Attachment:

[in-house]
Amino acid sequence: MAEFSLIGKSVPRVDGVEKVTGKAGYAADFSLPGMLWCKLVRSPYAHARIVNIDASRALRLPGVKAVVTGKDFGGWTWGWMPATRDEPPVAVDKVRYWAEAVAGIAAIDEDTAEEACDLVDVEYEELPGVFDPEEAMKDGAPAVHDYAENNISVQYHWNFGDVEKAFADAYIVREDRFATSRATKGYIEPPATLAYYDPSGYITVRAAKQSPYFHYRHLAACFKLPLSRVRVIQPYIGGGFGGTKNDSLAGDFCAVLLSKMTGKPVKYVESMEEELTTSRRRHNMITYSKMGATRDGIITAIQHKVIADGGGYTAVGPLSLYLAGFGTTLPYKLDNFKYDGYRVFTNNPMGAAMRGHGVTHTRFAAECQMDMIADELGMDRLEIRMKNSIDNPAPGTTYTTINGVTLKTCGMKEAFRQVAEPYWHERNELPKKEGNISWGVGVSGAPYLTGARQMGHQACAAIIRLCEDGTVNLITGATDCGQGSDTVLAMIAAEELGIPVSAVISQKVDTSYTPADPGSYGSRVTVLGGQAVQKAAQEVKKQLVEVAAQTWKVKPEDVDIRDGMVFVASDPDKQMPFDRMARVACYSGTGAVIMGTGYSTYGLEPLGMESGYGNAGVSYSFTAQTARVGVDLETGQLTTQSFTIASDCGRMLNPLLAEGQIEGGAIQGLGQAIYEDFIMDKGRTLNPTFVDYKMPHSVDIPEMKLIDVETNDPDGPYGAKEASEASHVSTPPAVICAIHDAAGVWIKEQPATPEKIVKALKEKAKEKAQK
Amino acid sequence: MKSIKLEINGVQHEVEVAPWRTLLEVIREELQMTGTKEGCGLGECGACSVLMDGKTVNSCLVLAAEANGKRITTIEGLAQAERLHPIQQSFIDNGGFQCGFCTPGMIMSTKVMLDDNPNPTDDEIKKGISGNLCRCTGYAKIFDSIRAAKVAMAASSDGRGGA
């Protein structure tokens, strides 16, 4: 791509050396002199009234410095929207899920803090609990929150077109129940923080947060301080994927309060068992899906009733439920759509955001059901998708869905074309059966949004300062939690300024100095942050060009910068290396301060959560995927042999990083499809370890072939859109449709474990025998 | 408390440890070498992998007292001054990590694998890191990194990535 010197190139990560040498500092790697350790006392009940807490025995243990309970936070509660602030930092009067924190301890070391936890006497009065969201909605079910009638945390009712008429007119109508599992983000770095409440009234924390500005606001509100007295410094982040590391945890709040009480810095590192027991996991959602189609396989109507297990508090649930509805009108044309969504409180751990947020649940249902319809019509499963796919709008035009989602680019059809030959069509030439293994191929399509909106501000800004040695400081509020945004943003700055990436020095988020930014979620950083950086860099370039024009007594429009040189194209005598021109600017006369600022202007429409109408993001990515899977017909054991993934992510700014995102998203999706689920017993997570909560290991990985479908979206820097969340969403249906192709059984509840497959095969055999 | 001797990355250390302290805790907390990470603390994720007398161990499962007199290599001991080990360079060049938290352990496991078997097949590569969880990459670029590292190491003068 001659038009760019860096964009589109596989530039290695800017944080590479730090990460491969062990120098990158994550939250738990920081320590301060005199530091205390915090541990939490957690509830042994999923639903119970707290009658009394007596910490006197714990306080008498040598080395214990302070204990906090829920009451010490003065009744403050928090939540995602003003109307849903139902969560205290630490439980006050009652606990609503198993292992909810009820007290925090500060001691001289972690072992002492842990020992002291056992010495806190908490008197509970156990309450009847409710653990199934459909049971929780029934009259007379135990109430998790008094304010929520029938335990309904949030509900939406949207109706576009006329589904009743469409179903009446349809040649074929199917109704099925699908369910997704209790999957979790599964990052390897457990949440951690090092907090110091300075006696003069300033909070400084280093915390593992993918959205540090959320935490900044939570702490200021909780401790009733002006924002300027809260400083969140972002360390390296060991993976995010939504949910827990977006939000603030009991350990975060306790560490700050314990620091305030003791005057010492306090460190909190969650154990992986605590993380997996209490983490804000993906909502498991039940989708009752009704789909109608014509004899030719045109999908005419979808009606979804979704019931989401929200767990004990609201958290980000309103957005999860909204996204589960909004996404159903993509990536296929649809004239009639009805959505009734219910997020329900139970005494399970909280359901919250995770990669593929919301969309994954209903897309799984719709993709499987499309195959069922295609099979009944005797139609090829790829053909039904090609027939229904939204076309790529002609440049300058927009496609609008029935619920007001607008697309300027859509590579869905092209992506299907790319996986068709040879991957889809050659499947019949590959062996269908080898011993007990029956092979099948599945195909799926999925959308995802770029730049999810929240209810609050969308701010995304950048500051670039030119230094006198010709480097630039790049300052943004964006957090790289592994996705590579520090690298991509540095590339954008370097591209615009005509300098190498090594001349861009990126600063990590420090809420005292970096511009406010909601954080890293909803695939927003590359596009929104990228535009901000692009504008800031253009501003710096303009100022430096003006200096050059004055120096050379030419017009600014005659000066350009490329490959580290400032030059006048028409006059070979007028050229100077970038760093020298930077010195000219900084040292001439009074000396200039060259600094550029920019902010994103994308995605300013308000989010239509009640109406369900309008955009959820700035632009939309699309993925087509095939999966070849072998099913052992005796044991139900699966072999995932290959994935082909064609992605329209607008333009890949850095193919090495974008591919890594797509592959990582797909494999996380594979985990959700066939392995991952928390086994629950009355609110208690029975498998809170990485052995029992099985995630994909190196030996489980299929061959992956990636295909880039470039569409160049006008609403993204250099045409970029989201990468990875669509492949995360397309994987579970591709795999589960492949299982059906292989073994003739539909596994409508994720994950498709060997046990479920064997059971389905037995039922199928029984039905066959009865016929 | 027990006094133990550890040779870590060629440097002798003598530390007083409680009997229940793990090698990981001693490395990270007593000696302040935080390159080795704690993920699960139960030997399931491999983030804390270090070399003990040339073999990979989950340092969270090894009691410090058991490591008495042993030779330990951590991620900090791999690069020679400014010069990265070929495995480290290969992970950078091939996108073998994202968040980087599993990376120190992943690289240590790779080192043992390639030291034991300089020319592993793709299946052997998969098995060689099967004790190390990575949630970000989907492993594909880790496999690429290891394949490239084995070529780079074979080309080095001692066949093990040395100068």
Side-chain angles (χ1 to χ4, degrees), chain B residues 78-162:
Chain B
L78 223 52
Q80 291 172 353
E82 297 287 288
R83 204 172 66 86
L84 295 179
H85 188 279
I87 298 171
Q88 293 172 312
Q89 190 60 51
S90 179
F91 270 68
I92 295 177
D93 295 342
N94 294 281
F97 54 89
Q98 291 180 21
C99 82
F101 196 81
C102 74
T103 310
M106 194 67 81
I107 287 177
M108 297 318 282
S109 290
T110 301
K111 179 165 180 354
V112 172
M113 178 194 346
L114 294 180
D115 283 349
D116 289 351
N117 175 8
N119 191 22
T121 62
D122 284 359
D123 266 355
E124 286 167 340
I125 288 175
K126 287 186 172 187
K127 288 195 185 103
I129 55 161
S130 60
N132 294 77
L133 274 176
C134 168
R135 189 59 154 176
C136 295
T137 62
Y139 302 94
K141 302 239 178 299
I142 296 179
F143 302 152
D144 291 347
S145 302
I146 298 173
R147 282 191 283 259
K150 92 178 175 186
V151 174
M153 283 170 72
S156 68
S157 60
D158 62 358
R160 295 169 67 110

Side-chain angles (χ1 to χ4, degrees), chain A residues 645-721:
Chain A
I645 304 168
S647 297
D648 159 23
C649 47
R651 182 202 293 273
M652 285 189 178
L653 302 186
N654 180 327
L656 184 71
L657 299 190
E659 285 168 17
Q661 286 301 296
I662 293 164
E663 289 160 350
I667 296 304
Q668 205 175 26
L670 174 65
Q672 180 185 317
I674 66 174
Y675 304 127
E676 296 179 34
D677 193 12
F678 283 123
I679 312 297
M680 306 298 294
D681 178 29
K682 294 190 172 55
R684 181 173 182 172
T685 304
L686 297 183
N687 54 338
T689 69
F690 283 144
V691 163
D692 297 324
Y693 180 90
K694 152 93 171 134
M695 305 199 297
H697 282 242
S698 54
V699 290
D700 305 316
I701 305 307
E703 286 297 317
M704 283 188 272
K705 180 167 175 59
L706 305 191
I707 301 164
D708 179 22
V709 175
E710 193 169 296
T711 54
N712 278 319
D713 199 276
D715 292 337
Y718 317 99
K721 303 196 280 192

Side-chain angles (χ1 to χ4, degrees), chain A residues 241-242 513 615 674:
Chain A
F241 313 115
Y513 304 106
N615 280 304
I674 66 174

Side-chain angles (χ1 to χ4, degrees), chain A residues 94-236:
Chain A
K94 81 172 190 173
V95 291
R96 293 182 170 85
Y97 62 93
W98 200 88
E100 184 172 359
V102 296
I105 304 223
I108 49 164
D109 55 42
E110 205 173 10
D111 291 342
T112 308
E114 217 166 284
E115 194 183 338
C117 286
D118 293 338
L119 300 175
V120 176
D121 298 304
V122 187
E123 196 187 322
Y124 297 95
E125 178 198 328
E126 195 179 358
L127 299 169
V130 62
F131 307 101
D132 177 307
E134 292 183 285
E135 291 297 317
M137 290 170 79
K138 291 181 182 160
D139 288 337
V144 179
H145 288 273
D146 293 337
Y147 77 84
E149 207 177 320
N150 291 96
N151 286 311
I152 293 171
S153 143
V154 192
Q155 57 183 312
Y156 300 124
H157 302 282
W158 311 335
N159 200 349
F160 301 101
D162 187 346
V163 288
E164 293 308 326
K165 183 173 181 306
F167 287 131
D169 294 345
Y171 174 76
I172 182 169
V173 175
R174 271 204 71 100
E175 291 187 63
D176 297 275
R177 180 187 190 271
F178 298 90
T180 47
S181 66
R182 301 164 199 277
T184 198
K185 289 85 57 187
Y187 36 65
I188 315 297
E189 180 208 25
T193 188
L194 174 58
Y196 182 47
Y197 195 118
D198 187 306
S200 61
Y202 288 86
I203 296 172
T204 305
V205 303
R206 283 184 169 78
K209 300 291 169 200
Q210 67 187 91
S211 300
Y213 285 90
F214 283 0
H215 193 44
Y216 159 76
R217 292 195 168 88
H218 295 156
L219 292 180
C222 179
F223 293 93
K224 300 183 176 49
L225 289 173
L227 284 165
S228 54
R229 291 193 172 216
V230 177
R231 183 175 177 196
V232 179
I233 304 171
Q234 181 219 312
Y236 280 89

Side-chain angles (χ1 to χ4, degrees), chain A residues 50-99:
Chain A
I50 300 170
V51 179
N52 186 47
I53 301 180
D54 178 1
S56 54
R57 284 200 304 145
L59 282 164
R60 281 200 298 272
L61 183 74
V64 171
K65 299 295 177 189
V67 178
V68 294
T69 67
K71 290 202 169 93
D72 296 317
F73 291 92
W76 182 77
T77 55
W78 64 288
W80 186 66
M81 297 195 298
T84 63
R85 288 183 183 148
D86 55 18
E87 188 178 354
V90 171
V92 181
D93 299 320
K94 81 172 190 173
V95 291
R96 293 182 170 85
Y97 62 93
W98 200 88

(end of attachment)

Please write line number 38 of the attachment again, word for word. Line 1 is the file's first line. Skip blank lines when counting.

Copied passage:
N117 175 8